Ficklin, Michael G; Kunkel, Kevin A R; Suber, Jonathan T; Gerard, Patrick D; Kowaleski, Michael P

    2016-09-20

    Numerous studies have examined the biomechanics of polymethyl methacrylate (PMMA) with added antibiotics, but direct comparison between studies is difficult. Our purpose was to evaluate the effects of the addition of antibiotic drugs and silver on compressive and bending strength of PMMA. Our null hypothesis was that there would be no significant difference in the compressive strength or bending strength of PMMA with the addition of silver or varying amounts of antibiotic drugs. Polymethyl methacrylate was mixed with cefazolin, gentamicin, vancomycin, or silver; the control was PMMA alone. Antibiotic groups contained 20 g PMMA and 0.5 g, 1 g, 2 g, or 3 g of antibiotic. Silver groups had 0.25 g silver powder alone added to 20 g PMMA or silver with PMMA and 0, 0.5 g or 1 g of antibiotic. Samples underwent four-point bending and compression testing in air at room temperature and prevailing humidity. Pairwise comparisons between groups and to the ASTM and ISO standards were performed. Compression: All antibiotic and silver groups were weaker than the control. Samples with cefazolin tended to be stronger than other antibiotic groups with equivalent doses of antibiotic. All groups were above the ASTM standard, except 3 g vancomycin. Four-point bending: The addition of antibiotics did not significantly affect bending strength in groups with lower doses of antibiotics. The silver + PMMA group was weaker than the control. No groups were significantly below the ISO standard except the 3 g vancomycin group. The addition of antibiotic or silver decreased the biomechanical strength in all samples, but not below the ASTM or ISO standard for most groups. The addition of cefazolin appears to affect strength the least, while high doses of vancomycin alter strength the most.

  3. Technology Assessment and Roadmap for the Emergency Radiation Dose Assessment Program

    Energy Technology Data Exchange (ETDEWEB)

    Turteltaub, K W; Hartman-Siantar, C; Easterly, C; Blakely, W

    2005-10-03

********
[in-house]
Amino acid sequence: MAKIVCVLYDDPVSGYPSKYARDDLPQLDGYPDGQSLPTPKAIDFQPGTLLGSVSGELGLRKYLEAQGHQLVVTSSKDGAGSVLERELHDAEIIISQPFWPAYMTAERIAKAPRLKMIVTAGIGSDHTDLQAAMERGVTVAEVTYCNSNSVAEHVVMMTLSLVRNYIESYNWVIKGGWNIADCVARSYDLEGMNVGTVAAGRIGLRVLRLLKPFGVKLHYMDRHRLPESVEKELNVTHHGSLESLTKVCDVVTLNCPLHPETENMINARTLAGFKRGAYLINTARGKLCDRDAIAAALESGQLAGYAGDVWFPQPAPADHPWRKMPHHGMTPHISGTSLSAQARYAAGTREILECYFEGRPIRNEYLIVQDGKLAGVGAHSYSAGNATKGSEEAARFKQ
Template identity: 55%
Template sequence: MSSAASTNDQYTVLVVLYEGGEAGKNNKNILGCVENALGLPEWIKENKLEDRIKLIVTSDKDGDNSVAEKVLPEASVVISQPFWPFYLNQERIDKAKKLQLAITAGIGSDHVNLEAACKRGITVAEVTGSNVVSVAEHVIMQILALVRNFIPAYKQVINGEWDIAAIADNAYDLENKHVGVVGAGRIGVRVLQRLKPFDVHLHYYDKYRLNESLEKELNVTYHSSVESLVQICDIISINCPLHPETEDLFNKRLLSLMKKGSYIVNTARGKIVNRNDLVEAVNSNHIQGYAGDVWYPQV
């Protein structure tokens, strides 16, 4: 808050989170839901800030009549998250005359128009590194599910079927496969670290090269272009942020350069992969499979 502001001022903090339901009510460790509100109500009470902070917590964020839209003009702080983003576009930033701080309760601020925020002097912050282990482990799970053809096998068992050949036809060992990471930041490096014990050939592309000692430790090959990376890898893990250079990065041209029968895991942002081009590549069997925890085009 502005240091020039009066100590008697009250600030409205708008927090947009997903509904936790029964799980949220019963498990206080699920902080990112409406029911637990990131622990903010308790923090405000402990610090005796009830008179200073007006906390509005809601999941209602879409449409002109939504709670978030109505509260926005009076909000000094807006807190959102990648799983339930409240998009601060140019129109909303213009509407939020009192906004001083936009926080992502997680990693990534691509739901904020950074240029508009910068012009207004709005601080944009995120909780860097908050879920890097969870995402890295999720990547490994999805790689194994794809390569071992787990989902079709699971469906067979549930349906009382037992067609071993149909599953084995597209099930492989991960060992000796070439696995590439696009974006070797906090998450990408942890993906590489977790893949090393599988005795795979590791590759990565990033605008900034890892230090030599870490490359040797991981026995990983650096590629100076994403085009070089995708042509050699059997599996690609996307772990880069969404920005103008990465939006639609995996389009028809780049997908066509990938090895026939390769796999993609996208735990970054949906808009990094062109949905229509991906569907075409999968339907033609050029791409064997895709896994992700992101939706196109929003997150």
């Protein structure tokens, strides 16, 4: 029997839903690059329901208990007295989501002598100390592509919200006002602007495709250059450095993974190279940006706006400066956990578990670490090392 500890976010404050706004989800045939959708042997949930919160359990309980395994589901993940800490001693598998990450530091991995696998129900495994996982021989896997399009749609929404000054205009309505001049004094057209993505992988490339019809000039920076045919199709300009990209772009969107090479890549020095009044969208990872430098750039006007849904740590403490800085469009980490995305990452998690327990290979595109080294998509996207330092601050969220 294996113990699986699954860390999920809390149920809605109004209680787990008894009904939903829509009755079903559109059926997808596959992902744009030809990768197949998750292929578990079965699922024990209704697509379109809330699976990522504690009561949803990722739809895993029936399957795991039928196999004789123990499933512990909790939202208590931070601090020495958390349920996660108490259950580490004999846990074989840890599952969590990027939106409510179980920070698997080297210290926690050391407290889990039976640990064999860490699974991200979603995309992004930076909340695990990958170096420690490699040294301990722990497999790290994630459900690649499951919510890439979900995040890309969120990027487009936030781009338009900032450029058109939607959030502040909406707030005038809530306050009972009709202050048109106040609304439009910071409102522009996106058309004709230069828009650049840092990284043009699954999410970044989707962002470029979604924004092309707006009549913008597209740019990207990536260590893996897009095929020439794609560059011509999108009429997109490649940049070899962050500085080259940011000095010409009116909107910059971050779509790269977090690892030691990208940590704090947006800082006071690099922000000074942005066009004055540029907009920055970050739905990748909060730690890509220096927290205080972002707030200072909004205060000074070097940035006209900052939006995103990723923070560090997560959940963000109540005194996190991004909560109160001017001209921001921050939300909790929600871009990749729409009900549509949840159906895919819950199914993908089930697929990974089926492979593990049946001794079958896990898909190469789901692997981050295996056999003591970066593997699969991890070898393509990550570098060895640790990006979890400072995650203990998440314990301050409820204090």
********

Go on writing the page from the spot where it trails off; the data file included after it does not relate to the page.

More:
A Joint Interagency Working Group (JIWG) under the auspices of the Department of Homeland Security Office of Research and Development conducted a technology assessment of emergency radiological dose assessment capabilities as part of the overall need for rapid emergency medical response in the event of a radiological terrorist event in the United States. The goal of the evaluation is to identify gaps and recommend general research and development needs to better prepare the Country for mitigating the effects of such an event. Given the capabilities and roles for responding to a radiological event extend across many agencies, a consensus of gaps and suggested development plans was a major goal of this evaluation and road-mapping effort. The working group consisted of experts representing the Departments of Homeland Security, Health and Human Services (Centers for Disease Control and the National Institutes of Health), Food and Drug Administration, Department of Defense and the Department of Energy's National Laboratories (see appendix A for participants). The specific goals of this Technology Assessment and Roadmap were to: (1) Describe the general context for deployment of emergency radiation dose assessment tools following terrorist use of a radiological or nuclear device; (2) Assess current and emerging dose assessment technologies; and (3) Put forward a consensus high-level technology roadmap for interagency research and development in this area. This report provides a summary of the consensus of needs, gaps and recommendations for a research program in the area of radiation dosimetry for early response, followed by a summary of the technologies available and on the near-term horizon. We then present a roadmap for a research program to bring present and emerging near-term technologies to bear on the gaps in radiation dose assessment and triage. Finally we present detailed supporting discussion on the nature of the threats we considered, the status of

  4. Dose measurement, its distribution and individual external dose assessments of inhabitants on high background radiation area in China

    International Nuclear Information System (INIS)

    Koga, Taeko; Morishima, Hiroshige; Tatsumi, Kusuo; Nakai, Sayaka; Sugahara, Tsutomu; Yuan Yongling; Wei Luxin

    2001-01-01